Why Compliance Professionals Need to Go to the Gemba

Posted by Craig Thornton

Learning from our 'lean' colleagues

If there’s one technique I wish more managers would use - and more often - it’s going to the gemba.

Whilst it’s a well-known term in Lean Manufacturing (and Kaizen), a lot of compliance professionals don’t seem to be familiar with it.

Gemba is a Japanese word which means “the real place”.  The idea is that in order to know what is actually going on in your business, you need to spend time where the real value is added, such as the factory floor, the hotel reception desk or the construction site.  You need to be at the coal-face, and you need to be there often.

The sentiment of going to the gemba is beautifully articulated by the words of honorary Toyota chairman, Fujio Cho: “Go see, ask why, show respect”.  More on this later, but first let’s step back to a time when flannel shirts and ridiculously loose jeans were all the rage…  

 

competency-records-top-tips

 

Going to the gemba in action

I was talking to a colleague the other day about going to the gemba and he re-laid a story about his experience with it back in the early 90’s. It was his first role as a Quality Manager.  He would see his CEO arrive before all of the other managers. The CEO would walk around the site talking with staff.  He was interested in their day, their personal lives and how they thought the company could do things better. He understood that all employees were part of giving the customer a great experience and product.  And just as importantly, his employees knew that he knew.  So he went with a purpose.  It wasn’t just “Management by Walking Around”. He talked with staff so that he could learn.  He didn’t go to the gemba to discipline staff. He talked with them so that he could truly understand.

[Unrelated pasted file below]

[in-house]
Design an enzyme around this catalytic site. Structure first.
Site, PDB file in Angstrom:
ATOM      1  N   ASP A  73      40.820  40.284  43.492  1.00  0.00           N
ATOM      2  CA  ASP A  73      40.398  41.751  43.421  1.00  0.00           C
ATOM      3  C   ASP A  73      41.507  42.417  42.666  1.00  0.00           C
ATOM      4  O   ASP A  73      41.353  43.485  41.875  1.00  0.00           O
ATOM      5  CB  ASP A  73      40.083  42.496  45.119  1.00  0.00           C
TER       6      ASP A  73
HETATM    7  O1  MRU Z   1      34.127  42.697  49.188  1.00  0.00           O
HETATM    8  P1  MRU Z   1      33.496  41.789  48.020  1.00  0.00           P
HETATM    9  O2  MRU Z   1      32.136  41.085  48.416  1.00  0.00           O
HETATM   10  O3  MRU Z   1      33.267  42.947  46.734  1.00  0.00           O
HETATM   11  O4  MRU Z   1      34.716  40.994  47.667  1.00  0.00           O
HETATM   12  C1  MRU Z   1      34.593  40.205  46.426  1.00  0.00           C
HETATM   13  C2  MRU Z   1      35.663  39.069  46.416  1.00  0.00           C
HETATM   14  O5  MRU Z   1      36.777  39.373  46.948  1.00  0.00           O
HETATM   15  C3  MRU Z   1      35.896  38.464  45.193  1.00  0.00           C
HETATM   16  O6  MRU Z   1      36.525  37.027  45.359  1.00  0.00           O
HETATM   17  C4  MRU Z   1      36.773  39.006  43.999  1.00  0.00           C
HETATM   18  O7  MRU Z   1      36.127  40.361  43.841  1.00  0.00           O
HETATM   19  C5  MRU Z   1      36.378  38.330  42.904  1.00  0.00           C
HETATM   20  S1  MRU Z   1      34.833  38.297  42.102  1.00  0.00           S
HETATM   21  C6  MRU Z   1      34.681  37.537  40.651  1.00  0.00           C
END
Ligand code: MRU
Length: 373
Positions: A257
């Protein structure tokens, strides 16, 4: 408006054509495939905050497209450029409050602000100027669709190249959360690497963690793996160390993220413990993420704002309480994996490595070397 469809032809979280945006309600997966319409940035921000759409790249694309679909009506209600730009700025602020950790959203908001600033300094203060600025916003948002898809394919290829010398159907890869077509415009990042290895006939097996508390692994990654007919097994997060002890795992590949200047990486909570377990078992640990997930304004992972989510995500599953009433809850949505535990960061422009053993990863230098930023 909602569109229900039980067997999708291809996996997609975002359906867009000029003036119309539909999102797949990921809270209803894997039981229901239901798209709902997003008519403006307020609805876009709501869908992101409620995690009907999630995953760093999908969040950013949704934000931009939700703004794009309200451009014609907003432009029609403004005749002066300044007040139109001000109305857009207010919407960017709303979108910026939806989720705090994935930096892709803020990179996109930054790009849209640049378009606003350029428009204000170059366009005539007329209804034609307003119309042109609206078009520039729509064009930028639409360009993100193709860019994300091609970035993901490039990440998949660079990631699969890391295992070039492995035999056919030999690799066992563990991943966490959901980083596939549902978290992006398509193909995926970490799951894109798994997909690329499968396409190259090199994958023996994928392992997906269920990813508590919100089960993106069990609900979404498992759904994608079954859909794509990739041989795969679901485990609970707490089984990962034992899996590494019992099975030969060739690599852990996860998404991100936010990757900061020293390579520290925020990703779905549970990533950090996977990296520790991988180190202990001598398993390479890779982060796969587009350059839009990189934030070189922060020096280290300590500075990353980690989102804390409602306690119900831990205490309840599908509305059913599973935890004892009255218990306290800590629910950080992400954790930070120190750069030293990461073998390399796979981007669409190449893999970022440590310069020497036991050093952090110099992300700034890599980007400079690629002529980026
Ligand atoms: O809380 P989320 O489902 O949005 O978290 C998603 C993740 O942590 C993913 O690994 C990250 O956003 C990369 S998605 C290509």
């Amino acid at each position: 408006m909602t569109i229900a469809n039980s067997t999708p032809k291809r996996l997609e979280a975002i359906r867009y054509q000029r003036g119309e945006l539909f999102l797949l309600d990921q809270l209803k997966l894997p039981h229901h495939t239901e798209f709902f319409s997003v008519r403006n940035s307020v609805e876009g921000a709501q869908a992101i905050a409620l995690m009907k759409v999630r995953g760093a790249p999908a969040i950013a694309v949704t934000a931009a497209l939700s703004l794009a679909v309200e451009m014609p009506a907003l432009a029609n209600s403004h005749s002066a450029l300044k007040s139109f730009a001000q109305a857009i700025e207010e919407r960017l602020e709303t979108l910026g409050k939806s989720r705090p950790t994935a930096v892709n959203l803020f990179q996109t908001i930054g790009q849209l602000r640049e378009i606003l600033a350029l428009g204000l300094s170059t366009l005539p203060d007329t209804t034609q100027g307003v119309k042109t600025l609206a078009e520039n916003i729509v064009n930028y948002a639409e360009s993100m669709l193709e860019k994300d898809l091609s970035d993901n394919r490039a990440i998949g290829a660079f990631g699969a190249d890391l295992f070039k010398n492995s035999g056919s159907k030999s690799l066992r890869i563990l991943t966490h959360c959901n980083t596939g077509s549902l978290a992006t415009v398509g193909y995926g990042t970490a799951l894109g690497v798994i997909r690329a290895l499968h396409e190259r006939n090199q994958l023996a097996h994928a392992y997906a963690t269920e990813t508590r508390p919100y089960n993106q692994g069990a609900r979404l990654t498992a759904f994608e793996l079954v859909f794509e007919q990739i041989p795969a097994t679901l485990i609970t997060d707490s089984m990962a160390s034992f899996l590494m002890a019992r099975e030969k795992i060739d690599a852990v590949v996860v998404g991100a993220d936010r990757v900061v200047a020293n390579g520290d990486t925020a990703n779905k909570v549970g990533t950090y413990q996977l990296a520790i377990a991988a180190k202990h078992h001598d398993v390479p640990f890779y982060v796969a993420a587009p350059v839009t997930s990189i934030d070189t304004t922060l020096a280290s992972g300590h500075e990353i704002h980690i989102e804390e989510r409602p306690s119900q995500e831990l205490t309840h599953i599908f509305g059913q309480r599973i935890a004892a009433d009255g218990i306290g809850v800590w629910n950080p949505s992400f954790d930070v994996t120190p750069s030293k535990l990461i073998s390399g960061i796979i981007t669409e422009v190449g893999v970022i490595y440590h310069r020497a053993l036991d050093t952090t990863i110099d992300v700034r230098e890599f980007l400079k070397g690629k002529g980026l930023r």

Over the course of a couple of weeks he talked with almost every member of staff.  Then he’d repeat the cycle.  All employees knew that they had regular contact with the highest level of management in the company.  They all respected him.  There was a real sense of team throughout the company.

It only took him 30 minutes a day.

Then at times during the rest of the day the CEO would ask my colleague (the Quality Manager) questions about how things were operating.  Looking back, he now believes that the CEO was checking what he heard from his morning gemba visits. It was like he was validating what he learnt and with many of the questions, he expected my colleague to back up his answers with good data.

Unfortunately when the CEO left, the new CEO (formerly the accountant) took a different approach.  He remained at arm’s length from the coal-face, instead relying on his managers to provide him with feedback. 

The change was quick, noticeable, and negative.  Almost instantly the employees felt that they were just an unimportant number.  They felt that their knowledge and insights weren’t valued.  The feeling of ‘team’ evaporated.

Decision-making suffered, too.  The CEO’s decisions were based on subjective input from managers, several steps removed from where the value was really being added.  The potential for better outcomes was not realised because all the CEO got from his managers was the message that everything was okay.

Then, when that CEO left the company, his replacement re-introduced going to the gemba and things slowly improved.  The cost was significant, though - many opportunities and money had been lost in the interim.

Top tips

Here are my 5 top tips for going to the gemba:

  1. Resolve to spend the first 30 minutes of your working day going to the gemba.
  2. Teach your fellow managers to go to the gemba.
  3. Make sure that when you’re at the gemba you’re there to learn and, mostly importantly, there to understand.
  4. Don’t use the gemba visit for disciplining staff. If you are there to be punitive then the staff will not be open. You are not there to find fault.
  5. Constantly remind yourself of Cho’s quote - go see, ask why, show respect.

The takeaway

Most solutions to problems lie with the employees. Treat them properly and they are very willing and happy to share them – they just need to be asked! 

Tags: Compliance, Compliance Management, Lean